What is the up/down axis size?

What is the size of the up/down axis on the cnc machine? Is it like the others in that you can expand it?

Recommended max is 4". It starts getting too floppy much higher.

floppy? In what way?

That is a compound axis meaning it’s length has a more significant effect on rigidity. Something like 1/2 the length is 4X more rigid. 2.5-3" is good, I usually do 2.5" now. If you need more room make a table that allows for thicker material, do not make a taller machine.

is 2.5" a cutting depth or just how tall it can go up? is the max cut distance 4" before it gets wobbly, or just how tall it can go up, would putting the machine on higher feet let it cut deeper?

How about you try it this way. Find the endmills you want to use and link them and we will tell you how tall you need to make it. Or describe some of the projects you want to do and we can guide you. Asking for hard numbers will not get you an answer. It is not as simple as 3.9" works, and 4" is a no go.

The have been built up to 3’ tall but that does not mean you should.

I don’t have anything specific in mind really, i just want to be sure that if i get a cnc machine, that it will be large enough for anything i do. The things i was thinking of would be things like gears, micro fluidics (in which you would need a fine bit to do the small water paths), and shorter things, but i also wanted taller things, maybe like topography models of mountains, or smallish parts like wheels or projects on thingiverse. Things taller than 4 inches tall.

Unfortunately that is not a good thing to do. Build it small like the instructions say, learn it only go bigger if you need it. You will see why it says 2.5" is excessive. typical 1/8" bits are 3/4" DOC, so you only really need 1.5" Z.

Make your table adjustable, no the machine.

What do you mean make the table adjustable? how would that increase how tall you can cnc things?

Not to hijack, but the cut calc says min Z is 2.87 inches. Understanding this is third party but are you saying it can go smaller?

Does the loss in rigidity come from taller legs or from extending the tool down lower when its mounted high, or both?

I’m trying to make one as compact as possible. My legs will be mounted flush on a piece of plywood but a 0.75" piece of spoil board (MFD) will be mounted to the plywood as well. Max height of parts I plan on making is 1.25". So I’m at 2" Z + tool length?

Extending farther down has a larger effect than the length of the legs. You can prop up the workpiece but it is usually recommended to build it shorter to start with and cut a hole in the table.

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ohhhh i see now, thanks a lot

This table is what he means. You can drop the table down in a couple inch increments.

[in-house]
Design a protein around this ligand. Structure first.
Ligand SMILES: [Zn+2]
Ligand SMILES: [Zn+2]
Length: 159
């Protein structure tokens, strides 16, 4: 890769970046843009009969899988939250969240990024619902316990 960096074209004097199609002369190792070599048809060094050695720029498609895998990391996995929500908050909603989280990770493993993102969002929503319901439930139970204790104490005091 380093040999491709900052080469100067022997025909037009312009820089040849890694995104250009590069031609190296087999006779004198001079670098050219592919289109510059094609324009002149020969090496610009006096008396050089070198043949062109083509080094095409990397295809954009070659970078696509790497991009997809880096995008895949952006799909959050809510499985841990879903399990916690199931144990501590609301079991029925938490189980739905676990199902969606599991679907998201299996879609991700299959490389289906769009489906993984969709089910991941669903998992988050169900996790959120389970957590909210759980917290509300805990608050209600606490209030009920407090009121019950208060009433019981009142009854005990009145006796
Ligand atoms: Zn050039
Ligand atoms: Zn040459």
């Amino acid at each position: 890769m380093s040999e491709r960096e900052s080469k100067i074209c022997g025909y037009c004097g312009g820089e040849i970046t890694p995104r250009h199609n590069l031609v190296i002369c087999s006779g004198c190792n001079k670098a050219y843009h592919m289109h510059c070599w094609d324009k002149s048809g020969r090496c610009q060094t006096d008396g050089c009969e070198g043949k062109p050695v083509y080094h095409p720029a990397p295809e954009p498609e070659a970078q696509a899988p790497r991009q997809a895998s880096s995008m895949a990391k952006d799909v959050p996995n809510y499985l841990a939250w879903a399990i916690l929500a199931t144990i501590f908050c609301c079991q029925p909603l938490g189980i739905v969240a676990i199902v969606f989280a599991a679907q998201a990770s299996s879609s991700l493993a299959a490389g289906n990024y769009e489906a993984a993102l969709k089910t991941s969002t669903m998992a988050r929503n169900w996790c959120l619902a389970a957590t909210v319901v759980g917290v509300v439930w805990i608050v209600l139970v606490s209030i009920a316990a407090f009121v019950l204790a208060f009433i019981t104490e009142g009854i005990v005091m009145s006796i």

so 4 In. is how tall the legs can be, but the tool head can go down further than that?

I think what he means is that the end mills aren’t going to cut deeper than an inch or two depending on the length of the end mill, but if you want to carve thicker pieces, having the work table section, the part where the work is mounted, adjustable so you can lower the table in the middle and fit thicker pieces under the router and bit, the length of the z axis will still be 4 inches (or less) but since you can drop the work surface area, you can fit thicker material under the mill head.

Ultimately, you will only be able to carve down a couple of inches max, the question is how much travel down do you actually need and where can you add additional depth for the work piece that doesn’t affect the z axis height to maintain rigidity.

Hope that was clear.

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If i wanted to build it at 4 In. would i have to do anything different?

Nope. I think mine is right around 4 inches. I’ve run my z axis tubes into a carving because I didn’t take them into account. You can only carve as deep as your endmill is long. I have around 8 inches of travel total, but only move 2 or 3 inches for anything.

so ultimately you can only cut out 4 inch tall objects? (3d objects like say, a half sphere)

Less than that. A normal bit just over 3/4" bit. A long one is 1.5". You could cut something like a wedge deeper using one of those buts, but you can’t pocket that deep. The collet and the router will hit the sides. How far down can a pattern or follower bit go? Those are available in up to 1/2" shank sizes too. This is going to be much more shallow.

What are your goals? If you’re expecting to carve deeper than a couple of inches, you may need to rethink your process or your tool. If you really need something that thick it may be worth stacking shallow cuts, ie, cut 1/4 inch thick “slices” of your contours and stack and glue (at least for wood) them together to get the shape you want.

Again, this all depends on what you want and what you’re doing.

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